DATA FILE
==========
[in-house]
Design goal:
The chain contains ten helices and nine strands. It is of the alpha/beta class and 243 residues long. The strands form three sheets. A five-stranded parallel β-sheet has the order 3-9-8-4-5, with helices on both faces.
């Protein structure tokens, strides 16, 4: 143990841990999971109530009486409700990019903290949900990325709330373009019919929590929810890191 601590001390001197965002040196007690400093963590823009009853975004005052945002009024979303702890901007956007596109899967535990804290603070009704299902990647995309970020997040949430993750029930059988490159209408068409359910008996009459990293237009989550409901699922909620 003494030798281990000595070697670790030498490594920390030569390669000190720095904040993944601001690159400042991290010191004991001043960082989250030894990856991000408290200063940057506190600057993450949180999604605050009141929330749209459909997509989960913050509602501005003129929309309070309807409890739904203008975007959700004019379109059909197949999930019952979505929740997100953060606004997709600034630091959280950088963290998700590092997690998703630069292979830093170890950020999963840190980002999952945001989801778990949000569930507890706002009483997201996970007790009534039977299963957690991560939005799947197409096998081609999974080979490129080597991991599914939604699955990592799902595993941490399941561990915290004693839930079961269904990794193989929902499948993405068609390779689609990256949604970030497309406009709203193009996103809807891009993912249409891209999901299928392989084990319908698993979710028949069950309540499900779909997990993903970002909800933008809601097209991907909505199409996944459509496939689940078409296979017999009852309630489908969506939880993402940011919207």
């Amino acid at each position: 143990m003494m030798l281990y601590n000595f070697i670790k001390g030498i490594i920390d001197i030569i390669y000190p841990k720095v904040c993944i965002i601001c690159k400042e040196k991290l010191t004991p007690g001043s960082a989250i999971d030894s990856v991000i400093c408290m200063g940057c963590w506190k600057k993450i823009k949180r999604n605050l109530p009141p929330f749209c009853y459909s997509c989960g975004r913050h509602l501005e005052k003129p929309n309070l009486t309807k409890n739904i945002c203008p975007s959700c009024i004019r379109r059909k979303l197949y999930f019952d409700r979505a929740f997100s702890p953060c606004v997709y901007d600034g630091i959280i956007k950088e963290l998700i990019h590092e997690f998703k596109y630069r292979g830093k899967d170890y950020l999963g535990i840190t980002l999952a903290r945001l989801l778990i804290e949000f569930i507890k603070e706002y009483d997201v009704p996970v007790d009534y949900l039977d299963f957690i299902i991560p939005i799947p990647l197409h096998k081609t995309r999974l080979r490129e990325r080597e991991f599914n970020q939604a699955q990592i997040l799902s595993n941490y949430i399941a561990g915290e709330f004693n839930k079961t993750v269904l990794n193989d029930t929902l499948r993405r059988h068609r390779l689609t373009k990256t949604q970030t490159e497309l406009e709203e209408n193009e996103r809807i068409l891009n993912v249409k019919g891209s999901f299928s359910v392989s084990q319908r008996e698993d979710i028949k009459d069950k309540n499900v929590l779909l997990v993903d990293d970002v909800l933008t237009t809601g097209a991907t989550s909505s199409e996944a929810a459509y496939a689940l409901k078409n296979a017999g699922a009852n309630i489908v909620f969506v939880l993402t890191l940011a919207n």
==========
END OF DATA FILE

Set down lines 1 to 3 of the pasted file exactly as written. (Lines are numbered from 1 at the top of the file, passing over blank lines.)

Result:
[in-house]
Design goal:
The chain contains ten helices and nine strands. It is of the alpha/beta class and 243 residues long. The strands form three sheets. A five-stranded parallel β-sheet has the order 3-9-8-4-5, with helices on both faces.